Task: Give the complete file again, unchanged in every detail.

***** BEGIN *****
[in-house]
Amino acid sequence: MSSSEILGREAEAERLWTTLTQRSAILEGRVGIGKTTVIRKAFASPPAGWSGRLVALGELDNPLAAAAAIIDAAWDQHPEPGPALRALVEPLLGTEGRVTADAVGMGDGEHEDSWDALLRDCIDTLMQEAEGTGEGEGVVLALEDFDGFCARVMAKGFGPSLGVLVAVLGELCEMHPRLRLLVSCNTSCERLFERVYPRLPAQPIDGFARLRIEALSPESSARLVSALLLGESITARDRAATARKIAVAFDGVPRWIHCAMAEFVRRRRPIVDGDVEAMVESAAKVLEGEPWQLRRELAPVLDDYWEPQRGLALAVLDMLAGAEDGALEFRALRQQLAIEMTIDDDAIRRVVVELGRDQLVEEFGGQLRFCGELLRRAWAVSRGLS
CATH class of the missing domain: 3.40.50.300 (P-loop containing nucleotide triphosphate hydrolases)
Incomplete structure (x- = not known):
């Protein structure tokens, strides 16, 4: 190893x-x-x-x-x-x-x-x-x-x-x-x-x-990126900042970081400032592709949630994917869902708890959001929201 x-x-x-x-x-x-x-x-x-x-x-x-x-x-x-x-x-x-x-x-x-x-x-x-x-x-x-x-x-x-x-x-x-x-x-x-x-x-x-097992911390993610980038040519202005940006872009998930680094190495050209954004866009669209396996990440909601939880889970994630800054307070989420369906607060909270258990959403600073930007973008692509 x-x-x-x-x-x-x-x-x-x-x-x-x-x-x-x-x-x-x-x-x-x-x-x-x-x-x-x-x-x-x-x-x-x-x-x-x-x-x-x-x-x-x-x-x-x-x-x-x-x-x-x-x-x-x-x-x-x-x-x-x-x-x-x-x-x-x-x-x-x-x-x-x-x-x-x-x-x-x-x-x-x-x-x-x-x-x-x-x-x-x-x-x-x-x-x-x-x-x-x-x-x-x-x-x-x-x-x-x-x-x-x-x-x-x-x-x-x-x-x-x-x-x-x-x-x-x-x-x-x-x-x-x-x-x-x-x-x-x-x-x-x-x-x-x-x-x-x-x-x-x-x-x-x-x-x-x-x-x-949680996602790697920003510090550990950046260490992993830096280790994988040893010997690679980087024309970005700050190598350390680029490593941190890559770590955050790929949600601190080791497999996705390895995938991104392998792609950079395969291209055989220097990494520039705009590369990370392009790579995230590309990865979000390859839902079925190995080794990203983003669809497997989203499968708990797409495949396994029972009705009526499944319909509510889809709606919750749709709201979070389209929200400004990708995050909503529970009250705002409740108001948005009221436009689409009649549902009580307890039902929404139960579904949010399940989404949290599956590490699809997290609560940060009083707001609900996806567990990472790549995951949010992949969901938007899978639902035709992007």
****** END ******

[in-house]
Amino acid sequence: MSSSEILGREAEAERLWTTLTQRSAILEGRVGIGKTTVIRKAFASPPAGWSGRLVALGELDNPLAAAAAIIDAAWDQHPEPGPALRALVEPLLGTEGRVTADAVGMGDGEHEDSWDALLRDCIDTLMQEAEGTGEGEGVVLALEDFDGFCARVMAKGFGPSLGVLVAVLGELCEMHPRLRLLVSCNTSCERLFERVYPRLPAQPIDGFARLRIEALSPESSARLVSALLLGESITARDRAATARKIAVAFDGVPRWIHCAMAEFVRRRRPIVDGDVEAMVESAAKVLEGEPWQLRRELAPVLDDYWEPQRGLALAVLDMLAGAEDGALEFRALRQQLAIEMTIDDDAIRRVVVELGRDQLVEEFGGQLRFCGELLRRAWAVSRGLS
CATH class of the missing domain: 3.40.50.300 (P-loop containing nucleotide triphosphate hydrolases)
Incomplete structure (x- = not known):
């Protein structure tokens, strides 16, 4: 190893x-x-x-x-x-x-x-x-x-x-x-x-x-990126900042970081400032592709949630994917869902708890959001929201 x-x-x-x-x-x-x-x-x-x-x-x-x-x-x-x-x-x-x-x-x-x-x-x-x-x-x-x-x-x-x-x-x-x-x-x-x-x-x-097992911390993610980038040519202005940006872009998930680094190495050209954004866009669209396996990440909601939880889970994630800054307070989420369906607060909270258990959403600073930007973008692509 x-x-x-x-x-x-x-x-x-x-x-x-x-x-x-x-x-x-x-x-x-x-x-x-x-x-x-x-x-x-x-x-x-x-x-x-x-x-x-x-x-x-x-x-x-x-x-x-x-x-x-x-x-x-x-x-x-x-x-x-x-x-x-x-x-x-x-x-x-x-x-x-x-x-x-x-x-x-x-x-x-x-x-x-x-x-x-x-x-x-x-x-x-x-x-x-x-x-x-x-x-x-x-x-x-x-x-x-x-x-x-x-x-x-x-x-x-x-x-x-x-x-x-x-x-x-x-x-x-x-x-x-x-x-x-x-x-x-x-x-x-x-x-x-x-x-x-x-x-x-x-x-x-x-x-x-x-x-x-949680996602790697920003510090550990950046260490992993830096280790994988040893010997690679980087024309970005700050190598350390680029490593941190890559770590955050790929949600601190080791497999996705390895995938991104392998792609950079395969291209055989220097990494520039705009590369990370392009790579995230590309990865979000390859839902079925190995080794990203983003669809497997989203499968708990797409495949396994029972009705009526499944319909509510889809709606919750749709709201979070389209929200400004990708995050909503529970009250705002409740108001948005009221436009689409009649549902009580307890039902929404139960579904949010399940989404949290599956590490699809997290609560940060009083707001609900996806567990990472790549995951949010992949969901938007899978639902035709992007």